Don’t let pipe wall thickness confuse you. Both Type L and Type M copper pipe have the same outside diameter and used the same fittings.

So Which Type Of Copper Should I Use?

Both Type L and M are suitable for indoor water supply lines. Each are rated well above the standard water pressures you will find in your home. Unless your local plumbing code states otherwise, either is acceptable.

So it really comes down to cost. For smaller repairs, you probably won’t notice much of a price difference but for larger jobs Type L copper will be noticeably more expensive. If you are on a budget Type M copper pipe is your best choice.

You do get what you pay for and many plumbers will opt for Type L copper because it is more durable and will last longer. This pipe is less prone to pinhole leaks and erosion over time.

If you really want to nerd out on copper plumbing, we recommend you check out the Copper Tube Handbook from copper.org. Now that you copper pipe aficionado, let’s get ready to do some soldering!

Tools And Materials Needed

Sweating copper pipe yourself can be quite economical and you are saving money on not having to call a plumber for help. All you need are the right soldering equipment and some materials!

Safety Equipment

Safety is always a concern when working with open flames and soldering torches. A few pieces of protective gear and you will be safe to solder. Make sure that you have a fire extinguisher, a bucket filled with water, or a water spray bottle nearby in case of a fire.

Keep in mind that the main household water supply is probably going to be turned off when you are working with the copper pipes, so make sure you have extra water close by.

Also, always shut your torch off whenever you put it down since the tall propane tank can be tippy. A lit torch could potentially fall over and could end up burning or scorching something.

Goggles or Safety Glasses

These will keep your eyes protected from molten solder and or splattering flux paste.

Heavy Gloves

The pipes and fittings you solder are going to get very hot so handle them with care. We recommend leather gloves to withstand the heat and they don’t melt like rubber or nitrile coated gloves.

Fire Protection Cloth

Take a steel plate or a flame protector cloth and cover any flammable materials, such as wood, before soldering. A fire protection cloth can be used to solder on or protect nearby surfaces if you are working in a confined space.

Fire Extinguisher

Just in case! You can borrow your home’s fire extinguisher if you want and it never hurts to have some water and damp rags handy to clean and cool you solder joints.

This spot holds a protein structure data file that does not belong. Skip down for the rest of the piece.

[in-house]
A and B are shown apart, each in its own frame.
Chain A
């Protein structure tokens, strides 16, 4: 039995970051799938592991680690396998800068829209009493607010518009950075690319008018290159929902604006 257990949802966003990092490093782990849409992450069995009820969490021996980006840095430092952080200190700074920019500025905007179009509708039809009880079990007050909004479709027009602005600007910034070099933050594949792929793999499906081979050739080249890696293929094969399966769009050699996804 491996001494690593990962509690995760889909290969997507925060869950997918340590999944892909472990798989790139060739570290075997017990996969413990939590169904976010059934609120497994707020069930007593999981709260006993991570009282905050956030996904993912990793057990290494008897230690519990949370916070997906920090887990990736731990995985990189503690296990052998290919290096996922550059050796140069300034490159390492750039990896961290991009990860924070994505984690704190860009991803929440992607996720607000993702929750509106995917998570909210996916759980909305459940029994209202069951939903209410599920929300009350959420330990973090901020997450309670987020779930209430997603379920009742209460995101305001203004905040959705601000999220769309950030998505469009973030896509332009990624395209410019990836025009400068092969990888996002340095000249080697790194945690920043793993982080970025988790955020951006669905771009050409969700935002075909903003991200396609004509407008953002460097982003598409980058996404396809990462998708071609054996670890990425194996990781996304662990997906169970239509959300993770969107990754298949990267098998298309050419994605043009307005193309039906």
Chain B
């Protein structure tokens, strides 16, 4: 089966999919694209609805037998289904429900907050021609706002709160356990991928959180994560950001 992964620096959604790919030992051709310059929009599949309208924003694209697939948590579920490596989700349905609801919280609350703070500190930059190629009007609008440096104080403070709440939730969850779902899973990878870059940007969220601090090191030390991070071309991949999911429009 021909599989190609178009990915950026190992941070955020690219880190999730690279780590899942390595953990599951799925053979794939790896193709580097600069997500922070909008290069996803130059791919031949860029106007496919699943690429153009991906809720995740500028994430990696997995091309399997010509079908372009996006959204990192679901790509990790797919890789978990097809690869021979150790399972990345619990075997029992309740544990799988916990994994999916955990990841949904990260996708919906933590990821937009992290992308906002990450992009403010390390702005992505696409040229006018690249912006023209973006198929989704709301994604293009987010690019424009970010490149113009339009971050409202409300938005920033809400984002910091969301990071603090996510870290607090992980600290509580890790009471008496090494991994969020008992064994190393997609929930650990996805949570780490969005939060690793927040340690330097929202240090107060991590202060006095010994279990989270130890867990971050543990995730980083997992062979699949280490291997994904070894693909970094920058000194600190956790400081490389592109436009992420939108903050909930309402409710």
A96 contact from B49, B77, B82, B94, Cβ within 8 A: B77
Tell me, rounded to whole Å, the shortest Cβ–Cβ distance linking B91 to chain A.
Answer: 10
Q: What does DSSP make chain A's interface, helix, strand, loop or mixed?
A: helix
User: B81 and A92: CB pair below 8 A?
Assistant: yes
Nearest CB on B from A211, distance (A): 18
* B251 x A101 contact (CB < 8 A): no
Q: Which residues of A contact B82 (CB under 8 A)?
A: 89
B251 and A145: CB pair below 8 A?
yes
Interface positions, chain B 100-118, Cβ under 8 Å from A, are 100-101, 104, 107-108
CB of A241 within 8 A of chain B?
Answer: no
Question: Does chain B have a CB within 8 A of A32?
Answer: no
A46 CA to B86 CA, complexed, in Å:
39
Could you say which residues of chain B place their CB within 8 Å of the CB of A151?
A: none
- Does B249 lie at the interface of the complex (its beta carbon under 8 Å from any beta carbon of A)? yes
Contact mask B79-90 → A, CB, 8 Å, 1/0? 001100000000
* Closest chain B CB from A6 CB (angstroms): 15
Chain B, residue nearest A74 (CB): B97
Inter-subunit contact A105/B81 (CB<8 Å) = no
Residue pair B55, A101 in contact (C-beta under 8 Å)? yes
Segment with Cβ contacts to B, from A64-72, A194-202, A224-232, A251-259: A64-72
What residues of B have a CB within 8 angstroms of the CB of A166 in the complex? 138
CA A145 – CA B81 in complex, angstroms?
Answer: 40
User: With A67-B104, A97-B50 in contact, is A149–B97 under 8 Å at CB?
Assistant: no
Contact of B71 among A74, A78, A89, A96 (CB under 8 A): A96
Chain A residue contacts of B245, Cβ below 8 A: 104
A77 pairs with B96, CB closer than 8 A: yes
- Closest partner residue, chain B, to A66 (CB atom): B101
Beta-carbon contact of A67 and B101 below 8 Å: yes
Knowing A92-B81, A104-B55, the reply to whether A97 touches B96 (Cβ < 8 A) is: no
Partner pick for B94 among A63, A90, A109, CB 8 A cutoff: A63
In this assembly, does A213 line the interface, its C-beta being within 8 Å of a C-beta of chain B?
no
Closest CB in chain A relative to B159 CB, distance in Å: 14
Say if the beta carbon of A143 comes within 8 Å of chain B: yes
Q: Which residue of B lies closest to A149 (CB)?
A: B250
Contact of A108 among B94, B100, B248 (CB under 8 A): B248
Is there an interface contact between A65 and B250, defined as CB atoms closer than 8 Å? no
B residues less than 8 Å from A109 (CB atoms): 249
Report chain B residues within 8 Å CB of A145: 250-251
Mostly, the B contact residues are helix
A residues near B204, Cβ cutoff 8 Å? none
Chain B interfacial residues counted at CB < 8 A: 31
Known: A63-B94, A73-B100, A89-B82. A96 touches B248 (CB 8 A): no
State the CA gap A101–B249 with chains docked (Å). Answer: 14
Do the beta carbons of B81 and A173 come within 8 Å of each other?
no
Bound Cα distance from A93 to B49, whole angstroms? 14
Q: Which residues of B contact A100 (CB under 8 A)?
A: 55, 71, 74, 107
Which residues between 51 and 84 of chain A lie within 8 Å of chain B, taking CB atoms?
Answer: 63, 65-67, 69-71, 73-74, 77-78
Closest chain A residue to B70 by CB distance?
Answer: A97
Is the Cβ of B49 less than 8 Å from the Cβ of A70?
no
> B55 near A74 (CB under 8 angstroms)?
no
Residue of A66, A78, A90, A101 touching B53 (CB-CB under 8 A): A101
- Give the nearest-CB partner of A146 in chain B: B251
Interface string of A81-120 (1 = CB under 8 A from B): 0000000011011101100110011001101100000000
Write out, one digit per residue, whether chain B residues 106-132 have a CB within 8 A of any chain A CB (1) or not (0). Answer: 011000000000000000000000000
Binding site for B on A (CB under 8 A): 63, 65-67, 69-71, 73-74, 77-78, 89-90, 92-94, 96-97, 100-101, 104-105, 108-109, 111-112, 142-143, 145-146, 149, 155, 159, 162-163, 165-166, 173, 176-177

Hat And Long-Sleeve Shirt

Protect any exposed skin from burns and a hat is especially important for protection from molten solder drips when working overhead.


Measuring Tape

A tape measure is like a flexible ruler that you can use to measure you copper pipe and fittings. Find one with a locking tab and easy to read markings.

Deburring Tool

These are used to clean off any burrs or imperfections from cutting your pipe. You can also take your and use a file if you want.

Tube Cutter

These cutters are very important. You can use a hacksaw but cutting straight and square can be a challenge. Copper is a soft metal which makes using tubing cutters easy. These cutters make short work of copper pipe and tubing leaving you a perfect cut every time.

Make sure you buy the right kind for the job. Working in tight spots may require mini or close-quarters copper cutters. Cutters rated for up to 1″ pipe will allow you to work on the majority of all household water supply lines. Anything larger than 1″ is best done carefully with a hacksaw or bandsaw.

Emery Cloth

steel wool will also work.

Wire Brush

Wire brushes are used to clean the inside of plumbing fittings and are specific to the pipe size you are working with. It’s easiest to purchase a pipe cleaning tool for both 1/2” and 3/4” pipe and fittings.

You can use emery cloth or fine steel wool and your finger to clean the inside socket of copper and brass fittings but it can slow and tedious. Not mention how sore you fingers get after a while! Save yourself the pain and speed up your pipe cleaning process by investing a proper copper cleaning tool.

Soldering Torch

We strongly suggest you purchase a quality torch with a regulator and a built-in igniter. The regulator will allow you to control how big and hot your flame is and the lighter is more convenient than lighting the torch with a flint striker.